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Review

John Mayer remains strong with somber lyrics

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December 11, 2009

John Mayer’s newest album, “Battle Studies,” is chock-full of heartbreak. It’s obvious the artist has been going through relationship issues since “Continuum,” which featured songs mostly about the luster of love. Mayer uses his newest compilation as a canvas for painting a vivid picture of his trivial love life. He has never had much luck in this category, and often romanticized lyrics without the real-life experience.

From Jessica Simpson to Jennifer Aniston, listeners can’t help but feel for the musician who has been deemed a womanizer in tabloid fodder in recent years.

“Battle Studies” has the ability to make even the happiest person feel at least a little heartache, with lyrics like: “Your faith is strong, but I can only fall short for so long / down the road, later on / you will hate that I never gave more to you / than half of my heart,” from “Half of My Heart,” which features the Country Music Awards Performer of the Year, Taylor Swift.

“Battle Studies” kicks off with “Heartbreak Warfare.” With a self-explanatory title, this tune is all about the struggle that ensues when two lovers quarrel. It seems that this song is about Aniston when Mayer sings, “Drop his name / push it in and twist the knife again / watch my face as I pretend to feel no pain,” perhaps pointing to Aniston’s former marriage to box office heartthrob Brad Pitt.

Next, Mayer’s “All We Ever Do Is Say Goodbye,” punches at listeners’ heartstrings with its slow-tempered melody and heart-wrenching lyrics like, “Why you wanna break my heart again / why am I gonna let you try?” Again, the title is suggestive.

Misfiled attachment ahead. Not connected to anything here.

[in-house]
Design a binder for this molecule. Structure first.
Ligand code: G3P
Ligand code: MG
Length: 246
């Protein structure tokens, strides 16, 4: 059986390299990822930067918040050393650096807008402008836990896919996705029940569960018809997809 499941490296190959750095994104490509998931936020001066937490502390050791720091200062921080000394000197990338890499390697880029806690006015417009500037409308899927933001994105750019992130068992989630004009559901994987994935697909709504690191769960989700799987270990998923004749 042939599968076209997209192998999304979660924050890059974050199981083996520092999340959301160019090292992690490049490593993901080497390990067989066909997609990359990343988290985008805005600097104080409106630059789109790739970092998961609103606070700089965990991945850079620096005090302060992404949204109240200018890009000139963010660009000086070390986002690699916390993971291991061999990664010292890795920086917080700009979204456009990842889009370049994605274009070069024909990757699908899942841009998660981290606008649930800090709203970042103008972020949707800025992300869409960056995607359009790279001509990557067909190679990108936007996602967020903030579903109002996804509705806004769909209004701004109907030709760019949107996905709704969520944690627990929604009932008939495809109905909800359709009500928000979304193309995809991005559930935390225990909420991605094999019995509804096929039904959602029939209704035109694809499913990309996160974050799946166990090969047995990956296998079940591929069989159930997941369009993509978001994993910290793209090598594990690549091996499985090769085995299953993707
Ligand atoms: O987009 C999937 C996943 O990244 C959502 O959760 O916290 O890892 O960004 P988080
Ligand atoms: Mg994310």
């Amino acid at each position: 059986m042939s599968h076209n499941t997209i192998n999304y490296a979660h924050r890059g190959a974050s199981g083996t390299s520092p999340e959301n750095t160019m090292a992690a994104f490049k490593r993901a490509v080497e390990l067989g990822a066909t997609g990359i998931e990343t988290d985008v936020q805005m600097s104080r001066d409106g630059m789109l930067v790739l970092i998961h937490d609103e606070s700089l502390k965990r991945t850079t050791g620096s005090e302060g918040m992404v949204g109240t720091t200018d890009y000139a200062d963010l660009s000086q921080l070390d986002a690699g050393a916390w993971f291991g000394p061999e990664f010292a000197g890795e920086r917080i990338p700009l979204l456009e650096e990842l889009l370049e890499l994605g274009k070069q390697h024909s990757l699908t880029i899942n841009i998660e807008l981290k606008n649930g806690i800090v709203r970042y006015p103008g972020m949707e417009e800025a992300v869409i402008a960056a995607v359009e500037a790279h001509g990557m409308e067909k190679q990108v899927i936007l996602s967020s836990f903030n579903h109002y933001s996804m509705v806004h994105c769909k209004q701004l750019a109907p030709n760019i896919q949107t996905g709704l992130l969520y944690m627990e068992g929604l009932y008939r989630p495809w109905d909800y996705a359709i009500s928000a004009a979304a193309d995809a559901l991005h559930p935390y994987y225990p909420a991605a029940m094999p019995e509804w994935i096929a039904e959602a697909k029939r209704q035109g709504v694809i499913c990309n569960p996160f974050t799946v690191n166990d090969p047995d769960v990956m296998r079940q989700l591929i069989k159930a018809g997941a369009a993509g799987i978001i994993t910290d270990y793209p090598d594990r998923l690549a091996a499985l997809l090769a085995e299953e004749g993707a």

Now we click on to “Half of My Heart.” Faster-paced with a catchy rhythm that complements Mayer’s heartfelt vocals, this track sounds like something you’ll be hearing on the Top 40 in the coming months.

“Who Says” is Mayer’s most recent single, and it’s already hitting the airwaves. This jam expresses Mayer’s rebellious side, while also giving listeners an idea of the long hours and travel his line of work requires. Just one line from this one will give you an idea of the whole work: “Who says I can’t get stoned / plan a trip to Japan alone / doesn’t matter if I even go / who says I can’t stoned?”

“Assassin” continues Mayer’s insight into what it’s like to be him and to do his work. He writes that he works in the dead of night when no one else is around. Mayer is falling in love with someone, perhaps Aniston again, and suggesting he should have avoided it before it ever started by running like Usain Bolt for the door “before the sun came up.” Mayer continues, “I was an assassin and I had a job to do / little did I know that girl was an assassin, too,” implying he thought it was his job to be the heartbreaker.

The one cover Mayer put on his newest album is “Crossroads,” a Robert Johnson cover that gives the album some extra oomph. With a punchy electronic background beat (the bass line from the Cream version) and bluesy guitar solos, this song is a welcome distraction from the heartache that seems to fill the other tracks. Though it’s not really a light-hearted song, its energy gives a similar effect to comic relief in a horror flick. It’s similar to the Cream version, which was re-vamped in the 1960s.

Good thing “Crossroads” is on the album, or even the truest fans might call it quits before it’s done playing its course. “War of My Life” is another downer. “All the suffering and all the pain / never left a name / Oh, I’m in the war of my life / at the door of my life / out of time and there’s nowhere to run.”

“Edge of Desire” shows the tender side of Mayer, with lyrics like, “I want you so bad / I go back on the things I believe / There, I just said it / I’m scared you’ll forget about me.” This song explores Mayer’s desire to find true love despite his relationship shortcomings.

“Do You Know Me” is slow and steady. It questions a relationship, asking if the significant other or former significant other knows Mayer, or if he was wrong about her.

“Friends, Lovers or Nothing” is another title that gives away a good deal of the song’s content. It’s all about what happens to a relationship when the romance dies and you’re questioning whether to change phone numbers or to stay friends.

All things considered, Mayer’s “Battle Studies” touches on the issues listeners relate to, while maintaining exceptional musicality. If you’re not too sure about the album because of its possibly depressing nature, you should know that it might help you discover the heart you didn’t know you had.

Alayne Hockman is a student at UW-River Falls.